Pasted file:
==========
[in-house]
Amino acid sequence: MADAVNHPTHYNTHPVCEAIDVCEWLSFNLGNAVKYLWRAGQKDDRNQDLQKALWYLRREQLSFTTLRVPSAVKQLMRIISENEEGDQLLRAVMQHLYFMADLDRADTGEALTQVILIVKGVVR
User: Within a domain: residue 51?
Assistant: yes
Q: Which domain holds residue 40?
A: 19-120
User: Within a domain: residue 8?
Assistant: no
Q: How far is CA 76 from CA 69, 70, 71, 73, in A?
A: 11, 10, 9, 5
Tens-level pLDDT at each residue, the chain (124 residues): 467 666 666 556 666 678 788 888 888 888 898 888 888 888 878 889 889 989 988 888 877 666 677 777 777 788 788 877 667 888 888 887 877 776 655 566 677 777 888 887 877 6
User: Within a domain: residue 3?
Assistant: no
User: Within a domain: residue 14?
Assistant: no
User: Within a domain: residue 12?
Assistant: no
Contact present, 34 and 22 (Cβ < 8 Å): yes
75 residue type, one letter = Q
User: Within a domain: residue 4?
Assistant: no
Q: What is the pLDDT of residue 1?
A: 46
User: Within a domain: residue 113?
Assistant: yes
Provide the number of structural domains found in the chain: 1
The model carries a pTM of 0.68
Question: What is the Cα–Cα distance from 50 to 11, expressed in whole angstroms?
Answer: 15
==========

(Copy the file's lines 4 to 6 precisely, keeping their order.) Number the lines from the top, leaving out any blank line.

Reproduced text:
Assistant: yes
Q: Which domain holds residue 40?
A: 19-120